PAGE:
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Thread: Original bluing recipe

  1. #1
    Join Date
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    Original bluing recipe

    Does anyone have the original ingredients and the step by step procedure for applying the bluing on early blades?
    Thank you in advance.

  2. #2
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    There are a few discussions here. I am assuming you mean the needle etched b&g. The Mowbray eagle book has a few pages and there is a thread here somewhere with info Wilkinson-Latham posted. I may have that somewhere on one drive or another but basically wax, drawn with a needle, etched and then cleaned, then the amalgam and nitre blue toasted to flow off the mercury. Some of the earlier heat bluing skips the nitre solution, which does come up if searching old industrial manuals. Books like the handbook for machinists list the ingredients for nitre bluing and browning.

    Cheers

    GC

  3. #3
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    If you search nitre bluing on the net, there are several versions of a formula. Basically two of the three powder ingredients Saltpeter and nitrates.

    Cheers

    GC have to wonder how many had a flash bang experience when adjusting technique

  4. #4
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    Thanks Glen. I have this as well. What I am trying to find is the original recipe for the old bluing technique along with describing the step-by-step process....so far, I have been unable to find such a memorandum.

  5. #5
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    Well, I've not seen a video but to be honest the text above is pretty straight forward, with the formulas for nitre blue no secret.

    If we look at b&g stuff, it was becoming less and less resolute as most were going with a white etch. Flowing amalgam no big deal. It is the muddy stuff we start to see with later b&g shows less and less care was being taken. Look at the German/European b&g vs Birmingham's best and we see the continental stuff more precise, as it had been better preserved as an art, perhaps the guild system had more than a small influence in diligence of art. The Birmingham stuff was getting muddier and muddier as time went on. "Hey, grab those kids to dab and toast these blades, would ya". Less continuity and care in preserving the second hand techniques from those few skilled artisans that had arrived from Germany to share the process.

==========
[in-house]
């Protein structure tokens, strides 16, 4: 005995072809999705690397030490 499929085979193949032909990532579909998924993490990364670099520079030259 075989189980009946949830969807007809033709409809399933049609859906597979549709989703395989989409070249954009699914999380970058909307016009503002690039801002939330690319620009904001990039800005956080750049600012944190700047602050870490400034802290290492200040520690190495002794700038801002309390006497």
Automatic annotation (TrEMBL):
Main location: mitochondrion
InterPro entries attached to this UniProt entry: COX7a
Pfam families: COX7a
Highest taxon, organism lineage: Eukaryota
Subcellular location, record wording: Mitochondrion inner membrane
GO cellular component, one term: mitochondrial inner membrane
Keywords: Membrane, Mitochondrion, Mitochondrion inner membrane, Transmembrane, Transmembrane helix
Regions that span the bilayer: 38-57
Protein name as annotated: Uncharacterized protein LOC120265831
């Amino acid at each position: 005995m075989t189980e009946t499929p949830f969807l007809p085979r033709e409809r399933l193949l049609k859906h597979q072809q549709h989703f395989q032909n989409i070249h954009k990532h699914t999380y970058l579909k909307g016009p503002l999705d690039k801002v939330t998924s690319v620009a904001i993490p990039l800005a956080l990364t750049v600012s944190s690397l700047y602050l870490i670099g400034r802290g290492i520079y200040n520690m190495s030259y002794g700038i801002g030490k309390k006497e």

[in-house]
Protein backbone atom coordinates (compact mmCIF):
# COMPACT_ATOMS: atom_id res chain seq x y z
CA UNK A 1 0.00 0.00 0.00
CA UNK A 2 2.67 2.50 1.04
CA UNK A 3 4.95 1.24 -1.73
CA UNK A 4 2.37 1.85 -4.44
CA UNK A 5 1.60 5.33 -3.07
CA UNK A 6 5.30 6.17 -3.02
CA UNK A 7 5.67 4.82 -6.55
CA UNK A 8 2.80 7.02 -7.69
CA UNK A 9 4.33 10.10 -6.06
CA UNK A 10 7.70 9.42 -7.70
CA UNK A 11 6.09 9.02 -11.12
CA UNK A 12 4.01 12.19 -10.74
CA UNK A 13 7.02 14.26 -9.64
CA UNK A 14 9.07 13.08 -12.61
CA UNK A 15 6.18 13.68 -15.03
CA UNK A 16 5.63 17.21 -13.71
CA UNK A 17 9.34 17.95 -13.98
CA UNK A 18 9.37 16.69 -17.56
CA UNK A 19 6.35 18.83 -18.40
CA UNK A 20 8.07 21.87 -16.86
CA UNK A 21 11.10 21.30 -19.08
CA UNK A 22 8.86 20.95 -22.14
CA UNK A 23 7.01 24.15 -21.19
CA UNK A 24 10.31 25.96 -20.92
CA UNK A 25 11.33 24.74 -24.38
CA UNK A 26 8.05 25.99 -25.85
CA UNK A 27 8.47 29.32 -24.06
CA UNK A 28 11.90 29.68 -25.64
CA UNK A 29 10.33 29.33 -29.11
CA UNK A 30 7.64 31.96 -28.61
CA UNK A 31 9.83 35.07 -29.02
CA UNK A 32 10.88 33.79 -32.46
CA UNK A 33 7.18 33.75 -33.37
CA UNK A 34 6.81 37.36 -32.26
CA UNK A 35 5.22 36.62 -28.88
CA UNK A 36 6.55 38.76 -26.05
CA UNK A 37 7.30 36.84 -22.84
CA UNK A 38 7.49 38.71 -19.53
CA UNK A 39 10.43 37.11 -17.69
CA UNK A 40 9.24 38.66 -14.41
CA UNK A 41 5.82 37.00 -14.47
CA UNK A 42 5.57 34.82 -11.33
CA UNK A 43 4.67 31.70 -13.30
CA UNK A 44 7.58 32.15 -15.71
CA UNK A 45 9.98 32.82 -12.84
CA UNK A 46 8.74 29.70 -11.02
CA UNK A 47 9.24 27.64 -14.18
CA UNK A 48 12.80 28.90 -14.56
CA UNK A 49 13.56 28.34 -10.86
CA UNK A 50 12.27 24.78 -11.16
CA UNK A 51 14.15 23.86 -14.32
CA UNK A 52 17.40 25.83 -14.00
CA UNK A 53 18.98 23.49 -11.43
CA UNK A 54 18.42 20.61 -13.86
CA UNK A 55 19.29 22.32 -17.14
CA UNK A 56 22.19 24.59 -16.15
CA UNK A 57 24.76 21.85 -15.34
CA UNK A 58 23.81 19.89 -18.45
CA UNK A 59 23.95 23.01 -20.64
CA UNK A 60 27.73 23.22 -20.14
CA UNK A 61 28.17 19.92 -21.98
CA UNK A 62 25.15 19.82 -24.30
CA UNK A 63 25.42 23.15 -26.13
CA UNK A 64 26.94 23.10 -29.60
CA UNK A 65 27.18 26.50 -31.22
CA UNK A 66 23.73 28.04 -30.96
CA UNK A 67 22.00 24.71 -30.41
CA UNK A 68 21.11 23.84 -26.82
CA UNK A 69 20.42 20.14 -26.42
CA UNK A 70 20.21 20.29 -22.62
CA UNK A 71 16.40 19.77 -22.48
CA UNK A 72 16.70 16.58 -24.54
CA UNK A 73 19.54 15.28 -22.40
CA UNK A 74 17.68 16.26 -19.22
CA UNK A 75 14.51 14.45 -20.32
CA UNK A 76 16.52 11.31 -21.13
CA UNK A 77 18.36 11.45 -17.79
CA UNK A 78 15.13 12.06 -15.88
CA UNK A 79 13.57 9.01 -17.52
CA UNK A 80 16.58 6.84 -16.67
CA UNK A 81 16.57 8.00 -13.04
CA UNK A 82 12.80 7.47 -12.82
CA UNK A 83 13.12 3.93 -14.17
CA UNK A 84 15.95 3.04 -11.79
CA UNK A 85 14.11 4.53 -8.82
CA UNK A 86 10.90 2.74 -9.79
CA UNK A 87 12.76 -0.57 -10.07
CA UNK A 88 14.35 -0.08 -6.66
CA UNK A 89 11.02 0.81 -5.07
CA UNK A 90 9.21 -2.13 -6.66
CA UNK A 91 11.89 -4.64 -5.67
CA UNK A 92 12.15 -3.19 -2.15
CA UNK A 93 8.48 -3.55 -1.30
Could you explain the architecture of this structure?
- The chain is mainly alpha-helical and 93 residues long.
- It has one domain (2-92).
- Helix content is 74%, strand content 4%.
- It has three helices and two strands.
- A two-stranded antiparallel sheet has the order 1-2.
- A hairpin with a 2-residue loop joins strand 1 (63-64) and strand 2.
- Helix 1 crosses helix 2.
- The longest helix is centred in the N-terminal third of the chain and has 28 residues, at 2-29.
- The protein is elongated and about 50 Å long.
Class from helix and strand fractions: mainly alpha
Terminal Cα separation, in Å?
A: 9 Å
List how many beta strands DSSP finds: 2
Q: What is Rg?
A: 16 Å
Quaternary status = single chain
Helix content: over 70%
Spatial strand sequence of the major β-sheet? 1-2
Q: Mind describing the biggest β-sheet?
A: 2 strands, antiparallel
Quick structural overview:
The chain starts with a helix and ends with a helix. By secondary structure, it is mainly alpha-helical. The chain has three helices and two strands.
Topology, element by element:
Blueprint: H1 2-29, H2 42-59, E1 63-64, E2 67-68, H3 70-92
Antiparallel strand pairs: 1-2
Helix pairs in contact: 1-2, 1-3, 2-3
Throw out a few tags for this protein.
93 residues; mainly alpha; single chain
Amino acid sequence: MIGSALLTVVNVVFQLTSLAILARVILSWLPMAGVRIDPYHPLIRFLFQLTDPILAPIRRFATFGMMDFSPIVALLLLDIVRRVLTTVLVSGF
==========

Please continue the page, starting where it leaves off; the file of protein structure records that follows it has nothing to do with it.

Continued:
Some of the finest examples of it were earlier and not even nitre bluing but just heat bluing, a wonderful iridescence. Adding the nitre part simply following control of how much amalgam is dabbed onto the design. Then as described above, buffing stuff out a bit. A lot of those steps rushed and less precise.

    There are jewelers you might chat up about fire gilding, which is a basis and start of what you might be looking for.

    Cheers

    GC
    Last edited by Glen C.; 09-23-2017 at 03:10 AM.

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